As big fans of the historical fiction genre, we share with you an excerpt from author Pam Jenoff’s latest novel, The Ambassador’s Daughter, along with WYSK contributor Willa Rubin’s thoughts on the book.
“Behind the horses, a procession of open carriages appears. The first bears a man in a long coat and top hat with a woman beside him. Though it is too far away for me to see, I can tell by the whoops that he is President Wilson. As the carriage draws closer and stops in front of the hotel, I recognize Wilson from the photos.
He waves to the crowd as he climbs down. But his bespectacled face is solemn, as if seeing for the first time the hopes of so many that hang on his promises.”
The Ambassador’s Daughter takes place in and around Paris in 1919 during the negotiations leading up to the Treaty of Versailles, the final conclusion to World War I. We follow the main character, Margot Rosenthal, who is German, through the struggles she encounters during and after the war, reiterating the fact that in war, all sides, citizens and soldiers alike, suffer, regardless of political allegiances.
Jenoff’s integration of the common fears Germans had regarding the future of their state and Western attitudes towards Germans during these pivotal negotiations, exposes the weaknesses of those who were seen as the assailants on Europe during this time. Jenoff also accentuated some of the darker sides of these talks, bringing to light much of the spying and other intelligence gathering, and occasional assaults against diplomats, which is often overlooked when studying history. Even after a ceasefire and surrenders, The Ambassador’s Daughter shows that tensions between both sides were still quite rampant, and I found the portrayal of these tensions very engaging.
With that said, none of the characters in the book were of particular interest to me, nor did they feel real. The bland dialogue and their predictable actions, even as the plot thickened, detracted from what could have been a very gripping story. I found the historical parts of the book incredibly intriguing, but the characters were so lacking that this might as well have been two separate stories. I kept on reading because of the creativity of the historical aspects throughout, but I had no interest or connection to the interpersonal relationships.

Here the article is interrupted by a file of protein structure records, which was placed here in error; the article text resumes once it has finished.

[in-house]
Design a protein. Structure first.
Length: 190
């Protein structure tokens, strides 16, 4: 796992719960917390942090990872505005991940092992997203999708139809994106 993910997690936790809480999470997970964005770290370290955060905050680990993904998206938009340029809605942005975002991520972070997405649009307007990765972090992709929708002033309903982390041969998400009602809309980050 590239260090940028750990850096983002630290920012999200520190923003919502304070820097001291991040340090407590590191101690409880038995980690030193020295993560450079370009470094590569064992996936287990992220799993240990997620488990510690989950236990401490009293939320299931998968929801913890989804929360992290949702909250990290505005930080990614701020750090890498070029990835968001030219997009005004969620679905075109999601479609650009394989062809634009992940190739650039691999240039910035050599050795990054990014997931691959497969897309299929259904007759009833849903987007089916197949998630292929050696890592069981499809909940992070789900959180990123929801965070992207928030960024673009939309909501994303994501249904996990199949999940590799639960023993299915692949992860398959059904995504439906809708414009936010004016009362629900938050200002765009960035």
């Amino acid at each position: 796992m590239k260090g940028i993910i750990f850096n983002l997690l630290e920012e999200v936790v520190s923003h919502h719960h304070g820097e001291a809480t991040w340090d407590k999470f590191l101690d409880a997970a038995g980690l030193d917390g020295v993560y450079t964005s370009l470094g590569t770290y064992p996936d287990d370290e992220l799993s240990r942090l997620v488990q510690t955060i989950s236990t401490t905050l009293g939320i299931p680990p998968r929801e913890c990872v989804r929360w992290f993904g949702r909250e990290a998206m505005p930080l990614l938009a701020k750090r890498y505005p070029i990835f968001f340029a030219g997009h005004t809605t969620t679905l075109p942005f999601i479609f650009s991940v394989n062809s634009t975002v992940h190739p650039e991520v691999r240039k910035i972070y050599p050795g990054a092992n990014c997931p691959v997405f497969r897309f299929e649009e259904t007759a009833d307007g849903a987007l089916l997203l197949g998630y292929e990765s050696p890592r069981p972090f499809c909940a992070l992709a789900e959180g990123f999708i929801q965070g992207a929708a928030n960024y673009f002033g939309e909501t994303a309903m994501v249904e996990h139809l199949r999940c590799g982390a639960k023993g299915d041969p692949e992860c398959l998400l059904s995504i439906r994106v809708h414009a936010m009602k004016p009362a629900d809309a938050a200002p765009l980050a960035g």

This may not be a book for the WYSK “GoodReads” list, but if you love historical fiction, it may be worth checking out – just beware of the dull characters in what is otherwise an interesting perspective.
PAM JENOFF is the author of several novels, including The Kommandant’s Girl, which received widespread acclaim, earned her a nomination for the Quill Awards and became an international bestseller. She previously served as a Foreign Service Officer for the U.S. State Department in Europe, as the Special Assistant to the Secretary of the Army at the Pentagon and as a practicing attorney at a large firm and in-house. She received her juris doctor from the University of Pennsylvania, her masters degree in history from Cambridge University and her bachelors degree in international affairs from The George Washington University. Pam Jenoff lives with her husband and three children near Philadelphia where, in addition to writing, she teaches law school.